It’s long been said that you never forget the neighborhood kids you grew up with and I wholeheartedly agree. Those early friendships are forged in an innocence so pure they can never be lost. I have never forgotten the friends who I grew up with. We were together from early pre-school age until I moved away when I was ten but I still remember them as if it were yesterday. There were six of us all the same age, Mike North, Larry Anderson, Bobby Holmes, Danny and Bobby Magdalenes and me. We played together all the time and were really great friends.
The five of us grew up together in Baldwin Park, on California Ave, a quiet, little street maybe a little more than a quarter of a mile long. There were around 20 or more houses on either side of the street which made for a lot of kids. Back then the road was only one lane wide with maybe 8 feet of gravel on each shoulder. Best of all California Ave didn’t go through, it dead-ended about six houses past ours. There were never any cars except in the early AM when dads were heading off to work and kids were off to school, then again around 4:30 when dads were getting home. It was perfect for kids.
We really had a great time growing up there. Today the street is just like every other residential street. Its two lanes wide with curbs, gutters, sidewalks and even street lamps. I drove down good old California Ave with my dad a few years back. I hardly recognized it. No warm and fuzzy feelings, it didn’t even feel nostalgic. A few of the houses still looked the same but the magic was gone, its aura had changed completely. Even our old house at 14613(still remember the address) was gone. It burned down several years ago when a paper recycler on the street behind it caught fire. Pretty sad really, but the place sure rocked when we were kids.
Of all the guys Bobby Holmes was my best friend. He lived right across the street from me, we spent the most time together. We had a blast! Bobby was one of the first kids I remember meeting on the street. I was out in the front yard with my mom looking at the old California pepper tree and he came on over and joined us. He told us how much fun all the kids had playing up in the tree. He climbed up the old, twisted, double trunk onto a low hanging branch and I went up right behind him. By the end of the afternoon a friendship was born. After that we played together all the time. His house was the only place my mom allowed me to go into.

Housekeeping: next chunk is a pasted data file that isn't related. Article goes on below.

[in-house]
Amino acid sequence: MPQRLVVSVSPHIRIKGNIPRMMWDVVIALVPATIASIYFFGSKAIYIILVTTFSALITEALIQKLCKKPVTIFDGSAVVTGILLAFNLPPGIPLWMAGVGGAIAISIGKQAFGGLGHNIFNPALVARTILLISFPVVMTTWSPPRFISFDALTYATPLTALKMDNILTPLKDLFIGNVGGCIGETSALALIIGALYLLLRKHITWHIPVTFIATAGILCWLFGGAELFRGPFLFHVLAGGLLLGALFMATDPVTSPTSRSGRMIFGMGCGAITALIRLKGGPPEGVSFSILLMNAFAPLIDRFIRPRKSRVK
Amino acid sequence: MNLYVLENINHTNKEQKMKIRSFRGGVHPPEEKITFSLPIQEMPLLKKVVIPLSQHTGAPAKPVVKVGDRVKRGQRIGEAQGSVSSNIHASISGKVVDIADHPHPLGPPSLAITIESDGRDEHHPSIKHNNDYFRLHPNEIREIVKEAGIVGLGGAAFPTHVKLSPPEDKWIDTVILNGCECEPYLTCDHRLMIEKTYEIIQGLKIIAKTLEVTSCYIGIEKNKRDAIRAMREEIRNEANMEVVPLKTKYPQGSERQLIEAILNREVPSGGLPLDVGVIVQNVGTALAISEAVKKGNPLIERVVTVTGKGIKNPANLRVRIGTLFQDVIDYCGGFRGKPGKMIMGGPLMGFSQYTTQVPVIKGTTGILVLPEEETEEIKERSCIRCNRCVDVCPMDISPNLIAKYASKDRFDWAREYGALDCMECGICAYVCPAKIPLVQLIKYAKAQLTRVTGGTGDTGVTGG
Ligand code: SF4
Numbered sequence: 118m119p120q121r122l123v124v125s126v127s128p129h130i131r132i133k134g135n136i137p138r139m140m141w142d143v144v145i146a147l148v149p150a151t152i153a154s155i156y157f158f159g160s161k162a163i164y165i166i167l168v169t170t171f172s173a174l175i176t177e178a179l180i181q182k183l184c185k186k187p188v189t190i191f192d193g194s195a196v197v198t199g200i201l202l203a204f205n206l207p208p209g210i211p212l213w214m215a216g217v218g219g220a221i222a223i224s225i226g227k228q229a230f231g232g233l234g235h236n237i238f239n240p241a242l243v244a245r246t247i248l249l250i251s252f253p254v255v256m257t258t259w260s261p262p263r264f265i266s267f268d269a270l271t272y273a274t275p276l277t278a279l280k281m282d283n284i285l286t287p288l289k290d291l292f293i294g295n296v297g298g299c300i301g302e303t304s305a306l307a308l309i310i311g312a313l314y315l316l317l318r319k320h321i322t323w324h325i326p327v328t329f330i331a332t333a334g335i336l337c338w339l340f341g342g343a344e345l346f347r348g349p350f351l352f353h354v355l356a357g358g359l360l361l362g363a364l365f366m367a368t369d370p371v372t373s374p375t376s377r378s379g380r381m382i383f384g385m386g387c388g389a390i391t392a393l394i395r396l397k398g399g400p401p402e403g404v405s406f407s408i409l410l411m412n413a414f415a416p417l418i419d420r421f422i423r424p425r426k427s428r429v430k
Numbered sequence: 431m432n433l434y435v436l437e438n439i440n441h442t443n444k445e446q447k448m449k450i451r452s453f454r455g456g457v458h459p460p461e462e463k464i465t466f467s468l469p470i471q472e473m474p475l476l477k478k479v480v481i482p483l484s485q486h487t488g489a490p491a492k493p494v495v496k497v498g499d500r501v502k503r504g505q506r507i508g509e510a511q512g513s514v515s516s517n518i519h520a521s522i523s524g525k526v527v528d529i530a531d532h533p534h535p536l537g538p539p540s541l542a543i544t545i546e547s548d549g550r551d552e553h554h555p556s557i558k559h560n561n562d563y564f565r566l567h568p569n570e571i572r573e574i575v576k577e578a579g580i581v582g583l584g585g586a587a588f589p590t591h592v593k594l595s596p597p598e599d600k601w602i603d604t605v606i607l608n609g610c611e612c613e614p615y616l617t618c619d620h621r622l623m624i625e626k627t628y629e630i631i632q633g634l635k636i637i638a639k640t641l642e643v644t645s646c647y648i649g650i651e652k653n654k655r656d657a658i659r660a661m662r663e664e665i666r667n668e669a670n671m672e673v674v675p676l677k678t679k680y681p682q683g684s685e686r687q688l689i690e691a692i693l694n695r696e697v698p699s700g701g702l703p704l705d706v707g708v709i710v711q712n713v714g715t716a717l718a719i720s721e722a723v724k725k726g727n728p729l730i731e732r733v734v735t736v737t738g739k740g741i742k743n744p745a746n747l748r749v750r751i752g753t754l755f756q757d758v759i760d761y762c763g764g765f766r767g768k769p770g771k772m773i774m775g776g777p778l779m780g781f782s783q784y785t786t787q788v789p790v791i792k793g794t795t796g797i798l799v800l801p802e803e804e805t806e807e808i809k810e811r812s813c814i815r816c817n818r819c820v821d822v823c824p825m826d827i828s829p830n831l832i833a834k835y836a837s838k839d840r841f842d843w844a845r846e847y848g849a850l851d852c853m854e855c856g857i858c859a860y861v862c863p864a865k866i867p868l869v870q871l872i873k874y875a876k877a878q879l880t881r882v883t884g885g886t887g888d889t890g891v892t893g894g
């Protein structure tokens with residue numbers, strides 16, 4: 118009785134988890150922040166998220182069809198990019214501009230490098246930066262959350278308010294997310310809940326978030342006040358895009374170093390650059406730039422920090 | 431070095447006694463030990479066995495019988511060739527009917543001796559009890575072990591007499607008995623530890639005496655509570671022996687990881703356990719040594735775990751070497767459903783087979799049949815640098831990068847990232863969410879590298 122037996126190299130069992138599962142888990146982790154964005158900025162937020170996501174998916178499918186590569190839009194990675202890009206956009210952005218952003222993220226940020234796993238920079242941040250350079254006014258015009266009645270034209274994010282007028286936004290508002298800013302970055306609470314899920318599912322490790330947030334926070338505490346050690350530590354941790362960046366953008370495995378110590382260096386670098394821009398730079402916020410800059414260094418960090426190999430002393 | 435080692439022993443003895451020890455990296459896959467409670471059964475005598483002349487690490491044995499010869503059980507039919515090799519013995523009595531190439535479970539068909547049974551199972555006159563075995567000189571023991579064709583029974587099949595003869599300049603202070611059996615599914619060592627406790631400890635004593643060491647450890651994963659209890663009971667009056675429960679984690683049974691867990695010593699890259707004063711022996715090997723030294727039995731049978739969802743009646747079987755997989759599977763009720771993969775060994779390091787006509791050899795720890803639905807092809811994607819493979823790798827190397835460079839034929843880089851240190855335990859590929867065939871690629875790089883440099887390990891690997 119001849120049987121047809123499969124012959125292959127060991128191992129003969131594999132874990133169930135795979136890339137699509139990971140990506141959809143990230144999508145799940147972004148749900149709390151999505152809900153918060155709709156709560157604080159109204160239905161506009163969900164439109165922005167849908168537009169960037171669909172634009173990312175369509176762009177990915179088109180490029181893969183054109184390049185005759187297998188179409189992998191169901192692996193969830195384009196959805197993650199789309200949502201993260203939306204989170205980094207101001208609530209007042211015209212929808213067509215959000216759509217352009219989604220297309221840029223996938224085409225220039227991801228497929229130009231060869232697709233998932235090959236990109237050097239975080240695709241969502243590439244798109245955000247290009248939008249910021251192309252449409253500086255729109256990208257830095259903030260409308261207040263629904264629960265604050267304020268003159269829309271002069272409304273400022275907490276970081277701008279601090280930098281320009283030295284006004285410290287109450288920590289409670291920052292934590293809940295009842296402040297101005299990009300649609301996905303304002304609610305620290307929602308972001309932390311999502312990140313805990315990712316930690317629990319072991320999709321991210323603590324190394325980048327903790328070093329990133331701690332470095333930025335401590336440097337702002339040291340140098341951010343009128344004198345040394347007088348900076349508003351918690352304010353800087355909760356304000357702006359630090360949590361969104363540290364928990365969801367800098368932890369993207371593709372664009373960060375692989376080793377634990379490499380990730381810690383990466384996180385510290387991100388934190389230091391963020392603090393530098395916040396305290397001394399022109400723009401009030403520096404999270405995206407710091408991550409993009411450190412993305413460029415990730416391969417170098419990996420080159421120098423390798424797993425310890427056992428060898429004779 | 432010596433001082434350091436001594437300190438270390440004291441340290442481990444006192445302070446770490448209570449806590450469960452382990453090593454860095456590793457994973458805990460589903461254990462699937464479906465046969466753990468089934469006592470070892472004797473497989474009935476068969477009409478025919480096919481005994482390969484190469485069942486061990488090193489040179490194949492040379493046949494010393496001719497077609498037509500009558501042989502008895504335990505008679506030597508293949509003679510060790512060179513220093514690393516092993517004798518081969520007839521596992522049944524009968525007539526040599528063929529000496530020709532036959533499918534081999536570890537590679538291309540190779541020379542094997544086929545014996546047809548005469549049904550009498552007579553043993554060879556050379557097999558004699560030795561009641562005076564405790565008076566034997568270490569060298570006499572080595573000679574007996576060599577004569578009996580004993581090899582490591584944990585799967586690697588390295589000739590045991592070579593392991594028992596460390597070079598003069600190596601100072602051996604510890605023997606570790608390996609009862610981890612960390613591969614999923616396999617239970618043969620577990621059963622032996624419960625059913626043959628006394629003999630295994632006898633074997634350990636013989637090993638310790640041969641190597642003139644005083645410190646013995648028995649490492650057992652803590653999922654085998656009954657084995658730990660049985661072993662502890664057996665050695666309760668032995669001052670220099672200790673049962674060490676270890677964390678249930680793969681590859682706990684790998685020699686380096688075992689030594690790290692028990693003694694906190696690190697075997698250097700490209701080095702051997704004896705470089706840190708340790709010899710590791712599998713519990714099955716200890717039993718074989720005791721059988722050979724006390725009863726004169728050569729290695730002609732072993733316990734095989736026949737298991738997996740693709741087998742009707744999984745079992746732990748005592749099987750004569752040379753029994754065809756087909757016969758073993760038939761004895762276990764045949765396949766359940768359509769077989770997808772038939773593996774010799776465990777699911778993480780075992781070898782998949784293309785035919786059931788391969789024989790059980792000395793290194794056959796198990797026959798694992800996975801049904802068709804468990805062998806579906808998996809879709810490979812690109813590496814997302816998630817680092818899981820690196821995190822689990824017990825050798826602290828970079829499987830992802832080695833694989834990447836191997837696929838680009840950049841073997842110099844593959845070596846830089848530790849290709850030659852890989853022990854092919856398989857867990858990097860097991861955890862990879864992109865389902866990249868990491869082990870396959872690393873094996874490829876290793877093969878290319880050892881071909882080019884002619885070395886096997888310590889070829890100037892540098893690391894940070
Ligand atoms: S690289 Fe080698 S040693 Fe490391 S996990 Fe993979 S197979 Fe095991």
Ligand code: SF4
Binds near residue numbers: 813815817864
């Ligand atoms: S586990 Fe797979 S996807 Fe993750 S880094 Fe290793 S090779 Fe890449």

Bobby and I used to have an awesome time together. Neither of us was in school yet so we had all the time in the world to play. Back then Westerns series dominated nightly TV. So playing cowboys and Indians was our favorite pastime. We played all the time. I remember this one time we were playing together in my backyard we must have been around 4. We were both cowboys fight a band of imaginary Indians. After a long battle we made a truce and smoked the peace pipe with the Indians. We were having a ceremony and were going to do something that we’d heard about on one of the TV shows, we were going to bury the hatchet. We knew it had something to do with peace so we were literally burying a small red rubber Indian hatchet in a mound of construction sand my dad had behind the garage.
I suppose we should have seen it coming but we were little kids and didn’t. I had a kids shovel and was busy digging and Bobby had a regular hoe with a busted handle which made it kid-size, but the hoe had a sharp point on the broken end of the handle. Bobby was moving it back and forth pulling sand out of the hole. Long story short, when I thought the hole was deep enough I put down the shovel and bent over to pick up the hatchet from the ground. I guess I should have let Bobby know what I was doing.
Unfortunately for me I bent over behind the moving hoe and the sharp handle caught me in the eyebrow above my right eye. A half inch lower and I would have probably lost an eye. I grabbed at my face and stayed bent over in pain. The whole time Bobby was asking me if I was okay. I finally stood up and turned to face him. I pulled my hands away and I could feel the blood running down my face. (You know how those face and forehead cuts bleed) The look I saw on poor Bobby’s face was pure terror! He stared at me for a split second, dropped the hoe and ran towards his house like he was on fire! I went inside crying to my mom.